St Josephine Bakhita, sold as a slave

On 8 February we celebrate the feast of Saint Josephine Bakhita. This year, Pope Francis has designated this date as the International Day of Prayer and Awareness against Human Trafficking. It is only right that the feast of St Bakhita, the first Sudanese Saint, should be the day when we remember those who are victims of human trafficking, as she herself was.

Bahkita was born in Darfur, Sudan in 1869, kidnapped as a child, sold into slavery in Sudan. At the age of seven she was sold and re-sold five times in the markets of El Obeid and Khar-toum.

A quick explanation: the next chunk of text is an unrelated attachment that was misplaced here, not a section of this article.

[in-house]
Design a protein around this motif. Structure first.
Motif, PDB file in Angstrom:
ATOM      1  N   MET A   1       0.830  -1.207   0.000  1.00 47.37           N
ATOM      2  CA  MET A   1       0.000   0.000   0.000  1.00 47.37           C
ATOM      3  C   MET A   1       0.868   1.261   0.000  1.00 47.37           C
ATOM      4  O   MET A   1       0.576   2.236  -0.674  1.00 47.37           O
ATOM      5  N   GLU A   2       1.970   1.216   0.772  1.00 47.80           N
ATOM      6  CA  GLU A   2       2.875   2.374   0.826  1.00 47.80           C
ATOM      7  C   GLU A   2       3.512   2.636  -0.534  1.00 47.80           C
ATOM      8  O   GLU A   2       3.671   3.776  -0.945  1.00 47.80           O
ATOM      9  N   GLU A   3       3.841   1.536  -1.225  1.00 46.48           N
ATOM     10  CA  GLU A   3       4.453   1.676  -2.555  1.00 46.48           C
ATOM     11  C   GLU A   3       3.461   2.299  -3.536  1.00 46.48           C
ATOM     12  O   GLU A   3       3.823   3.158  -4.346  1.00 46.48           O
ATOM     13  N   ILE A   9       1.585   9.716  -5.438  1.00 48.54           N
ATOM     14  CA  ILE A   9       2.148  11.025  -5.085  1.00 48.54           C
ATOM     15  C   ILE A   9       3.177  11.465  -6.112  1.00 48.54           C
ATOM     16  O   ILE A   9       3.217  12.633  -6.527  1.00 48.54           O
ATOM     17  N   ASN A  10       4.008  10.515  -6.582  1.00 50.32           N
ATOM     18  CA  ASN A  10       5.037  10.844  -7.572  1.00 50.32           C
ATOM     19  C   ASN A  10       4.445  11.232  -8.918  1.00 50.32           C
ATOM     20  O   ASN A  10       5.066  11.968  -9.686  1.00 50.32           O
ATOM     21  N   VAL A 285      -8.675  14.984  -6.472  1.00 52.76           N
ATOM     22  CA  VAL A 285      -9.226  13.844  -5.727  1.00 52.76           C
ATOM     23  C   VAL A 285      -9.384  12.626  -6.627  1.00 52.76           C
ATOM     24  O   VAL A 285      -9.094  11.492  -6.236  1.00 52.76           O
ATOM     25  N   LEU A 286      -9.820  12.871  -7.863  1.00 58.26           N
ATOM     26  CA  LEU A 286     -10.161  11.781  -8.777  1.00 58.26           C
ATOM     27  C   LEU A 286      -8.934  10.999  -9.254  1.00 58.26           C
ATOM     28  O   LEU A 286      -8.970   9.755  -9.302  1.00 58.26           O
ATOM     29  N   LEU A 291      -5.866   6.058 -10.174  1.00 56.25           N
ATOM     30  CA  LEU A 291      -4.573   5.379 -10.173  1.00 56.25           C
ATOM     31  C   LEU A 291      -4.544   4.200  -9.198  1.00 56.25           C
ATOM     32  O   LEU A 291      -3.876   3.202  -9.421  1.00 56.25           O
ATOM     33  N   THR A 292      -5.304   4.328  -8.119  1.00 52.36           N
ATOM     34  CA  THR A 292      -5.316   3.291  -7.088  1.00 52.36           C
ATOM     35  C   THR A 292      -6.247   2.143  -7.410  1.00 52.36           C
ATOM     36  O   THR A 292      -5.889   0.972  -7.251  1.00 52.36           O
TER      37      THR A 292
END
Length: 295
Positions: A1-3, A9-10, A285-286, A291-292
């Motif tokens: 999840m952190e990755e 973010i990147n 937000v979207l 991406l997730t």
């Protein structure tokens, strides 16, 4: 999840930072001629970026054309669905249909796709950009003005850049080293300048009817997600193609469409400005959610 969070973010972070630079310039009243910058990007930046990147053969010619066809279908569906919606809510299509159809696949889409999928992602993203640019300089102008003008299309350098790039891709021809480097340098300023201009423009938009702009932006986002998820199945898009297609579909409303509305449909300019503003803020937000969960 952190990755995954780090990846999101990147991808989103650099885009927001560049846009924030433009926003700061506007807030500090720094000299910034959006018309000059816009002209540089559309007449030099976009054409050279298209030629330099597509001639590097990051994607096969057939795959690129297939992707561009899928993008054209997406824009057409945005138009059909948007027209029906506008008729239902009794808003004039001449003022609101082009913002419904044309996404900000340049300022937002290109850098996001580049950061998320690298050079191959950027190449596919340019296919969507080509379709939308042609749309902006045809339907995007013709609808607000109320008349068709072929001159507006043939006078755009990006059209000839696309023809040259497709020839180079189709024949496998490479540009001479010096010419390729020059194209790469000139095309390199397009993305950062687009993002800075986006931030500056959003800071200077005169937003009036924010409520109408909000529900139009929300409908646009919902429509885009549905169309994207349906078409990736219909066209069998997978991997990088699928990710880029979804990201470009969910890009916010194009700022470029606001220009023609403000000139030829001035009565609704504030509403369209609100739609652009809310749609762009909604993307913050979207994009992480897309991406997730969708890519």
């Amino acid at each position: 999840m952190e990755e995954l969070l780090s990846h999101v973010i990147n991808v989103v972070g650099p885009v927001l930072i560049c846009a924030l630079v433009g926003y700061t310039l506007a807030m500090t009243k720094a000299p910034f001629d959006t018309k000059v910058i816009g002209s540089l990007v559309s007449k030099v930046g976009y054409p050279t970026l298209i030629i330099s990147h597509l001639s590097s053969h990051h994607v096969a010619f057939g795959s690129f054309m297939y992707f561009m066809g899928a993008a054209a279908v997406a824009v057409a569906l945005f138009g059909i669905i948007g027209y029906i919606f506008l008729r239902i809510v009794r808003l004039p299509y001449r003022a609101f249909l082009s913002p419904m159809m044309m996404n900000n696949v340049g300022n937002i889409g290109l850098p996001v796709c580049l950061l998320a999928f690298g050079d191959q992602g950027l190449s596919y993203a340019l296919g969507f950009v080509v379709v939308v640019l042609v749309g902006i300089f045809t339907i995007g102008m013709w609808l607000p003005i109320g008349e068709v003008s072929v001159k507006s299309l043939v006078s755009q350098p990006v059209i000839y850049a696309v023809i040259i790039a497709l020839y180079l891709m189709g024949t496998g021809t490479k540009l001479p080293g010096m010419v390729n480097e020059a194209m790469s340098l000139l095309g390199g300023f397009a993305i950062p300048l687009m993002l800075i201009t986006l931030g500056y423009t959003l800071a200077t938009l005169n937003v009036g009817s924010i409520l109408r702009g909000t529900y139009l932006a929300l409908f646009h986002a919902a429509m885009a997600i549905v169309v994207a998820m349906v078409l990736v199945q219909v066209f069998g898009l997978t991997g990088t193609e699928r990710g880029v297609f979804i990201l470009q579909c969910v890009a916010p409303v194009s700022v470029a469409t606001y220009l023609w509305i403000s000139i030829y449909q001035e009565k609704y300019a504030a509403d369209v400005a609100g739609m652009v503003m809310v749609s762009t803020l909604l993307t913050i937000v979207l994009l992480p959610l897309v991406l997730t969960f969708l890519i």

Bought by the Italian consul to Khartoum in 1883, she was later taken to Italy where she was engaged as a Nanny, and lived in a convent in Venice with her charge while her master was abroad. A court declared her free as slavery was illegal in Italy, after which she was baptised, confirmed and entered religious life.

She spent her life sharing her experience of slavery, comforting the poor and suffering and was known for her calmness, gentleness and good humour. She was canonised on 1 October 2000.

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